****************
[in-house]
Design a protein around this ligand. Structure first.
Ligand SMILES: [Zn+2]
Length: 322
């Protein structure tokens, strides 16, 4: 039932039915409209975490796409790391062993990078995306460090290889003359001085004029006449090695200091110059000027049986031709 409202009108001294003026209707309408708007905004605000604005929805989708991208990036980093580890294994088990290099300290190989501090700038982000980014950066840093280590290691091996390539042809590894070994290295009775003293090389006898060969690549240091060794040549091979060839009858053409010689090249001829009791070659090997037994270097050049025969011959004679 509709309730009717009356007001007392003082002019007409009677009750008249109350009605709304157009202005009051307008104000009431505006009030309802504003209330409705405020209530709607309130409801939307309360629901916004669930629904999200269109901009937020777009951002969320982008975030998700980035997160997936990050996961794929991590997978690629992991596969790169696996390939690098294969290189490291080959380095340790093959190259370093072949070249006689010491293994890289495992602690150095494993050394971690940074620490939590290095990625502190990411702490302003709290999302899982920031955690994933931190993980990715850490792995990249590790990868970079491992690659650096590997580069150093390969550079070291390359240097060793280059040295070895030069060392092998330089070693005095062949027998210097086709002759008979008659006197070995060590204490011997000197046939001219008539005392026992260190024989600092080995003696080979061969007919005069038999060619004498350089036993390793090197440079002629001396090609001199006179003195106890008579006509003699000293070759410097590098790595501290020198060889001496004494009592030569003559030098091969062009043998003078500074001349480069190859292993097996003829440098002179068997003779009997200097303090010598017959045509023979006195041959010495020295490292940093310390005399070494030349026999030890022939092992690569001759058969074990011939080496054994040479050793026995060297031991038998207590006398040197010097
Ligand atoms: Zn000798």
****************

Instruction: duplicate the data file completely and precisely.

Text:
[in-house]
Design a protein around this ligand. Structure first.
Ligand SMILES: [Zn+2]
Length: 322
């Protein structure tokens, strides 16, 4: 039932039915409209975490796409790391062993990078995306460090290889003359001085004029006449090695200091110059000027049986031709 409202009108001294003026209707309408708007905004605000604005929805989708991208990036980093580890294994088990290099300290190989501090700038982000980014950066840093280590290691091996390539042809590894070994290295009775003293090389006898060969690549240091060794040549091979060839009858053409010689090249001829009791070659090997037994270097050049025969011959004679 509709309730009717009356007001007392003082002019007409009677009750008249109350009605709304157009202005009051307008104000009431505006009030309802504003209330409705405020209530709607309130409801939307309360629901916004669930629904999200269109901009937020777009951002969320982008975030998700980035997160997936990050996961794929991590997978690629992991596969790169696996390939690098294969290189490291080959380095340790093959190259370093072949070249006689010491293994890289495992602690150095494993050394971690940074620490939590290095990625502190990411702490302003709290999302899982920031955690994933931190993980990715850490792995990249590790990868970079491992690659650096590997580069150093390969550079070291390359240097060793280059040295070895030069060392092998330089070693005095062949027998210097086709002759008979008659006197070995060590204490011997000197046939001219008539005392026992260190024989600092080995003696080979061969007919005069038999060619004498350089036993390793090197440079002629001396090609001199006179003195106890008579006509003699000293070759410097590098790595501290020198060889001496004494009592030569003559030098091969062009043998003078500074001349480069190859292993097996003829440098002179068997003779009997200097303090010598017959045509023979006195041959010495020295490292940093310390005399070494030349026999030890022939092992690569001759058969074990011939080496054994040479050793026995060297031991038998207590006398040197010097
Ligand atoms: Zn000798």